Having an extramarital affair. Engaging in a tawdry fling would violate the sanctity of the marital bond and inflict grave emotional distress. Also, it seems like a lot of work—the sneaking around, the clandestine texting, and all those candles that need to be lit around the bathtub (I’ve never had an affair so I assume all are conducted like the ones on TV). And the cost of hotel room service every time—that’s some pricey sex-having! Nor should we overlook all the flirting that’s required to get things started—I mean, who’s got the energy? Listen, lady, you’re very attractive but tonight’s episode of The Mentalist isn’t going to watch itself.

There are practical concerns, too. When I hit 40, I pretty much had to stop lying in all aspects of my life because my memory is no longer reliable enough to keep track of any untruths. How can I remember to hide the Visa bill when I forgot we had a Visa?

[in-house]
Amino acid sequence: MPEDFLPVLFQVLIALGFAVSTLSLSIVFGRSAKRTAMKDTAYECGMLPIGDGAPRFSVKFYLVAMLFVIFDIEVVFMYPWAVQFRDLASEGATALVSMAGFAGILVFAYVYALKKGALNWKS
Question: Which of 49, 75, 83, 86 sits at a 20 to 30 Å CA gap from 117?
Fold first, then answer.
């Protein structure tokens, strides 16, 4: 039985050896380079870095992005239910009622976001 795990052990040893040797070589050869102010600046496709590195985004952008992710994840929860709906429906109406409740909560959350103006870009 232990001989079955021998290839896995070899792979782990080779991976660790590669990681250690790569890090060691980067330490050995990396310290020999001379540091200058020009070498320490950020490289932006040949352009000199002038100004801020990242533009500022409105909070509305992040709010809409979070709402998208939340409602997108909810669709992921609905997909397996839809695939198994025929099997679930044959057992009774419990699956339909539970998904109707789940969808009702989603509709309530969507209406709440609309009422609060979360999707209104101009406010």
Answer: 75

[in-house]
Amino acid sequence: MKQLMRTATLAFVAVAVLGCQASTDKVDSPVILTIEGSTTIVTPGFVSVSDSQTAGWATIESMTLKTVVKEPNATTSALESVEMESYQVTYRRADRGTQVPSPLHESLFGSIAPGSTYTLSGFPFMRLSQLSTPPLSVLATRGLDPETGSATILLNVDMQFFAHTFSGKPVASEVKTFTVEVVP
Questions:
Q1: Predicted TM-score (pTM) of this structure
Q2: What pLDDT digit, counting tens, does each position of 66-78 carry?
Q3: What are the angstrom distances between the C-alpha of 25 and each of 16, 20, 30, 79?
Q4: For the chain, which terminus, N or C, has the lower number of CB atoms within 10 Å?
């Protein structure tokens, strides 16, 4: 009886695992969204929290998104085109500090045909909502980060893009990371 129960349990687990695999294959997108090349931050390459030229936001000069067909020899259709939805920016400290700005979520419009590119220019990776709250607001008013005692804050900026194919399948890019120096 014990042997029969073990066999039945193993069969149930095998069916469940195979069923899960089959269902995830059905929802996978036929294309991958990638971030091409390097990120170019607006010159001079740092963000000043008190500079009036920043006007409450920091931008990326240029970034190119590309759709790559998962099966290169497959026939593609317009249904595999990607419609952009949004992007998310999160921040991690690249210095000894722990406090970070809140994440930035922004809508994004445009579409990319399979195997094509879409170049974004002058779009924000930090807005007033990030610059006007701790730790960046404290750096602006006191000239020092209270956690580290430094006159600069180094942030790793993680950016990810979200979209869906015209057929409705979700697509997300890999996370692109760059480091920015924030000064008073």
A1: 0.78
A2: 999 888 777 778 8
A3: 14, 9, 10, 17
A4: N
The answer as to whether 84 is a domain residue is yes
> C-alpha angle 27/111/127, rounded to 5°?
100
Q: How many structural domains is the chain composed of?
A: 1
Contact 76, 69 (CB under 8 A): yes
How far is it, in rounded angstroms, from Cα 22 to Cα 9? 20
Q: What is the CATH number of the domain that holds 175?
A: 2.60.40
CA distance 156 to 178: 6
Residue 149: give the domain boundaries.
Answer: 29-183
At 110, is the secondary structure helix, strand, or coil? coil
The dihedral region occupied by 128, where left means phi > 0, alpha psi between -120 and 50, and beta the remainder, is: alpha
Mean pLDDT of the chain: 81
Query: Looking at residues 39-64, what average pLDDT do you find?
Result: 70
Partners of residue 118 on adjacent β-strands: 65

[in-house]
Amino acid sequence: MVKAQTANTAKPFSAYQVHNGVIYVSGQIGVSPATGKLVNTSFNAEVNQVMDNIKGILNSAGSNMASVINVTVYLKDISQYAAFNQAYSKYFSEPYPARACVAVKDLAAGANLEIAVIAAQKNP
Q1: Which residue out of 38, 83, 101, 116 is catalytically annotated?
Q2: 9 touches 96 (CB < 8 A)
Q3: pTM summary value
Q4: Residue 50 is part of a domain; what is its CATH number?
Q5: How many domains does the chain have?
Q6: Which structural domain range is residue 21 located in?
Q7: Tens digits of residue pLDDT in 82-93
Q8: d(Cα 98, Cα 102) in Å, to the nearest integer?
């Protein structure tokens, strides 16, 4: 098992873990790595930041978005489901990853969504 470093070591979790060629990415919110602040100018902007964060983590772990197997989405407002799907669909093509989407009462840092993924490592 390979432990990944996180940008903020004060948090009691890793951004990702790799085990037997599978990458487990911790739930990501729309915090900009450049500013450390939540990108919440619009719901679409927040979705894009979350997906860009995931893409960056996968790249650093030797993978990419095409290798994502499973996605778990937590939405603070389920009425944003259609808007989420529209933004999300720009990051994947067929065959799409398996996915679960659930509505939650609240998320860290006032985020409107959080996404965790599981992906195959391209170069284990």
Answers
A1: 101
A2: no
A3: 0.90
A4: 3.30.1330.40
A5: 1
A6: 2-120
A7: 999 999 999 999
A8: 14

Another critical guideline of the mid-life crisis is that under no circumstances is one permitted to copy the crisis of a friend. It draws too much attention. One middle-aged man deciding to buy a motorbike can be plausibly explained as an innocuous new pastime. Two middle-aged men suddenly buying motorcycles supplies the planet’s recommended daily allowance of sadness.

So what’s left?

Pursue a selfless dedication to others. Confronted with their mortality, some resolve in middle age to seek a more fulfilling existence through tireless dedication to noble causes. This is a deeply honourable path for a human being to follow. On the other hand: boring.

Start seeing a psychiatrist. The most important thing about seeing a psychiatrist is that you can tell people you’re seeing a psychiatrist. In the eyes of others, this imbues you with Hidden Depth. I always thought Scott was fairly normal and boring but turns out he’s walking the knife’s edge of madness! I’m keeping this one in my back pocket.

Blame others for my failings. A real load off.